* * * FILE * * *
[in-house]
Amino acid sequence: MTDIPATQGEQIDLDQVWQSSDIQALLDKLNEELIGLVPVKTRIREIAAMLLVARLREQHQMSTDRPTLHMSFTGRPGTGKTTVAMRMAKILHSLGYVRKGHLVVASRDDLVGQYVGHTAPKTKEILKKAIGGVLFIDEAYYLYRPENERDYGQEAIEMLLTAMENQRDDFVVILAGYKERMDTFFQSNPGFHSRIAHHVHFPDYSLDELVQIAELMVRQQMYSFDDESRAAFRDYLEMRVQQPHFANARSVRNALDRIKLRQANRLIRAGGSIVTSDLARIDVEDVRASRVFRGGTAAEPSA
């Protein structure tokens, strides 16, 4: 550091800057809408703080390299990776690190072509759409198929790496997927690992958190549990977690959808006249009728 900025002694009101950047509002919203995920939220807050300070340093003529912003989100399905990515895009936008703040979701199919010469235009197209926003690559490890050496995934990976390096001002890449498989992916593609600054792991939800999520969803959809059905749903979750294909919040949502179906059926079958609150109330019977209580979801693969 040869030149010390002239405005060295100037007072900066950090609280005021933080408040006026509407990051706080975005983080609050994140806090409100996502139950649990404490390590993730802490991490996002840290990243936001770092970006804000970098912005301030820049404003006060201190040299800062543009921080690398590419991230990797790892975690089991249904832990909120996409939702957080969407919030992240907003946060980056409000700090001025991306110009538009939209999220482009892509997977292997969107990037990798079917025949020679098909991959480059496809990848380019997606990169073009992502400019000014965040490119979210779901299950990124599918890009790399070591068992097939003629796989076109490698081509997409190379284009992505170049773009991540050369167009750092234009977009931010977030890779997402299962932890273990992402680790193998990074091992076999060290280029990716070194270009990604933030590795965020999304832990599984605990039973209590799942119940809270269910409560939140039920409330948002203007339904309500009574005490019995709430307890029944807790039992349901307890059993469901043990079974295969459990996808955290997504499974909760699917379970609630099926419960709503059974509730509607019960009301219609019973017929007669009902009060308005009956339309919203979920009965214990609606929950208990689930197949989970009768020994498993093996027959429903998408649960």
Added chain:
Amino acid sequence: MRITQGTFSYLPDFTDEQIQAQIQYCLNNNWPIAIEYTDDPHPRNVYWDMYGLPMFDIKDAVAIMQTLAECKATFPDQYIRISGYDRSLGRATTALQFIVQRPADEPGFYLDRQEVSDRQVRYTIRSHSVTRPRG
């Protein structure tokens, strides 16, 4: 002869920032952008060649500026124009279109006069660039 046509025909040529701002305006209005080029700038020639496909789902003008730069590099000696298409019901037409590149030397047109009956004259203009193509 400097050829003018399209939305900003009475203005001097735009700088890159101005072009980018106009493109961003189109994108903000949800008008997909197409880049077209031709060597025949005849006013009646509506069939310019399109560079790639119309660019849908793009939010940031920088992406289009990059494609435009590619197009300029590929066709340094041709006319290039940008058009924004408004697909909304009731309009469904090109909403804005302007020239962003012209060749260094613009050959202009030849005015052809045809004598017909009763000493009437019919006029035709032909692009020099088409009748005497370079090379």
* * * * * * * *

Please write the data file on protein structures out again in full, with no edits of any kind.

[in-house]
Amino acid sequence: MTDIPATQGEQIDLDQVWQSSDIQALLDKLNEELIGLVPVKTRIREIAAMLLVARLREQHQMSTDRPTLHMSFTGRPGTGKTTVAMRMAKILHSLGYVRKGHLVVASRDDLVGQYVGHTAPKTKEILKKAIGGVLFIDEAYYLYRPENERDYGQEAIEMLLTAMENQRDDFVVILAGYKERMDTFFQSNPGFHSRIAHHVHFPDYSLDELVQIAELMVRQQMYSFDDESRAAFRDYLEMRVQQPHFANARSVRNALDRIKLRQANRLIRAGGSIVTSDLARIDVEDVRASRVFRGGTAAEPSA
């Protein structure tokens, strides 16, 4: 550091800057809408703080390299990776690190072509759409198929790496997927690992958190549990977690959808006249009728 900025002694009101950047509002919203995920939220807050300070340093003529912003989100399905990515895009936008703040979701199919010469235009197209926003690559490890050496995934990976390096001002890449498989992916593609600054792991939800999520969803959809059905749903979750294909919040949502179906059926079958609150109330019977209580979801693969 040869030149010390002239405005060295100037007072900066950090609280005021933080408040006026509407990051706080975005983080609050994140806090409100996502139950649990404490390590993730802490991490996002840290990243936001770092970006804000970098912005301030820049404003006060201190040299800062543009921080690398590419991230990797790892975690089991249904832990909120996409939702957080969407919030992240907003946060980056409000700090001025991306110009538009939209999220482009892509997977292997969107990037990798079917025949020679098909991959480059496809990848380019997606990169073009992502400019000014965040490119979210779901299950990124599918890009790399070591068992097939003629796989076109490698081509997409190379284009992505170049773009991540050369167009750092234009977009931010977030890779997402299962932890273990992402680790193998990074091992076999060290280029990716070194270009990604933030590795965020999304832990599984605990039973209590799942119940809270269910409560939140039920409330948002203007339904309500009574005490019995709430307890029944807790039992349901307890059993469901043990079974295969459990996808955290997504499974909760699917379970609630099926419960709503059974509730509607019960009301219609019973017929007669009902009060308005009956339309919203979920009965214990609606929950208990689930197949989970009768020994498993093996027959429903998408649960």
Added chain:
Amino acid sequence: MRITQGTFSYLPDFTDEQIQAQIQYCLNNNWPIAIEYTDDPHPRNVYWDMYGLPMFDIKDAVAIMQTLAECKATFPDQYIRISGYDRSLGRATTALQFIVQRPADEPGFYLDRQEVSDRQVRYTIRSHSVTRPRG
């Protein structure tokens, strides 16, 4: 002869920032952008060649500026124009279109006069660039 046509025909040529701002305006209005080029700038020639496909789902003008730069590099000696298409019901037409590149030397047109009956004259203009193509 400097050829003018399209939305900003009475203005001097735009700088890159101005072009980018106009493109961003189109994108903000949800008008997909197409880049077209031709060597025949005849006013009646509506069939310019399109560079790639119309660019849908793009939010940031920088992406289009990059494609435009590619197009300029590929066709340094041709006319290039940008058009924004408004697909909304009731309009469904090109909403804005302007020239962003012209060749260094613009050959202009030849005015052809045809004598017909009763000493009437019919006029035709032909692009020099088409009748005497370079090379």